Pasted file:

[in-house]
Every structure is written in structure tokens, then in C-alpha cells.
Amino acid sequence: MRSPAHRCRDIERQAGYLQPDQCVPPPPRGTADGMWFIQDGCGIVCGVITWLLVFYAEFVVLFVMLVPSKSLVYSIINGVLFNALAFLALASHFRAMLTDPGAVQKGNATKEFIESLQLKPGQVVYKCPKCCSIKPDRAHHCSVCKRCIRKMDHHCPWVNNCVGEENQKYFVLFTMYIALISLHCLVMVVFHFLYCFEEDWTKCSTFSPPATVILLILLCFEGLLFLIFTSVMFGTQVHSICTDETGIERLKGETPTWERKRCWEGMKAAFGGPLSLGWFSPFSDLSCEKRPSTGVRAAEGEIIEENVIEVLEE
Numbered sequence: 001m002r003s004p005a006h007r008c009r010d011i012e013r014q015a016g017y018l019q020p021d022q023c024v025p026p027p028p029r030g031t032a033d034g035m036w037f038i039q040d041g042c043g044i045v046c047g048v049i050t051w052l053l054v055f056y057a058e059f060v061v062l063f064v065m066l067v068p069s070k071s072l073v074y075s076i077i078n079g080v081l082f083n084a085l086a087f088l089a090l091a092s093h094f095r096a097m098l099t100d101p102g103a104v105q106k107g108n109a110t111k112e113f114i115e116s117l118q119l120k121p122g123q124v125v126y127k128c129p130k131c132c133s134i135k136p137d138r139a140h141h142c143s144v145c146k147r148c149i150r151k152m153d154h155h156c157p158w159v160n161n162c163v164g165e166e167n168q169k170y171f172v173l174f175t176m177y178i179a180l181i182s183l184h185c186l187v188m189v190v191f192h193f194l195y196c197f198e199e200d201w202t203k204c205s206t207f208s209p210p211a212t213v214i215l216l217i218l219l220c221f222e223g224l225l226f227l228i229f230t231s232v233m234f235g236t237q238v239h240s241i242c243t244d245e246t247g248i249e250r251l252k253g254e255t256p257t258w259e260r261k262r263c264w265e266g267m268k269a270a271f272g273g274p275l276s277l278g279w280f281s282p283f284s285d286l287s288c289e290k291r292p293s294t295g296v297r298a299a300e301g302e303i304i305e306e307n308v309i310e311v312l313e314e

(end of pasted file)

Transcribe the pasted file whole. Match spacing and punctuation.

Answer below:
[in-house]
Every structure is written in structure tokens, then in C-alpha cells.
Amino acid sequence: MRSPAHRCRDIERQAGYLQPDQCVPPPPRGTADGMWFIQDGCGIVCGVITWLLVFYAEFVVLFVMLVPSKSLVYSIINGVLFNALAFLALASHFRAMLTDPGAVQKGNATKEFIESLQLKPGQVVYKCPKCCSIKPDRAHHCSVCKRCIRKMDHHCPWVNNCVGEENQKYFVLFTMYIALISLHCLVMVVFHFLYCFEEDWTKCSTFSPPATVILLILLCFEGLLFLIFTSVMFGTQVHSICTDETGIERLKGETPTWERKRCWEGMKAAFGGPLSLGWFSPFSDLSCEKRPSTGVRAAEGEIIEENVIEVLEE
Numbered sequence: 001m002r003s004p005a006h007r008c009r010d011i012e013r014q015a016g017y018l019q020p021d022q023c024v025p026p027p028p029r030g031t032a033d034g035m036w037f038i039q040d041g042c043g044i045v046c047g048v049i050t051w052l053l054v055f056y057a058e059f060v061v062l063f064v065m066l067v068p069s070k071s072l073v074y075s076i077i078n079g080v081l082f083n084a085l086a087f088l089a090l091a092s093h094f095r096a097m098l099t100d101p102g103a104v105q106k107g108n109a110t111k112e113f114i115e116s117l118q119l120k121p122g123q124v125v126y127k128c129p130k131c132c133s134i135k136p137d138r139a140h141h142c143s144v145c146k147r148c149i150r151k152m153d154h155h156c157p158w159v160n161n162c163v164g165e166e167n168q169k170y171f172v173l174f175t176m177y178i179a180l181i182s183l184h185c186l187v188m189v190v191f192h193f194l195y196c197f198e199e200d201w202t203k204c205s206t207f208s209p210p211a212t213v214i215l216l217i218l219l220c221f222e223g224l225l226f227l228i229f230t231s232v233m234f235g236t237q238v239h240s241i242c243t244d245e246t247g248i249e250r251l252k253g254e255t256p257t258w259e260r261k262r263c264w265e266g267m268k269a270a271f272g273g274p275l276s277l278g279w280f281s282p283f284s285d286l287s288c289e290k291r292p293s294t295g296v297r298a299a300e301g302e303i304i305e306e307n308v309i310e311v312l313e314e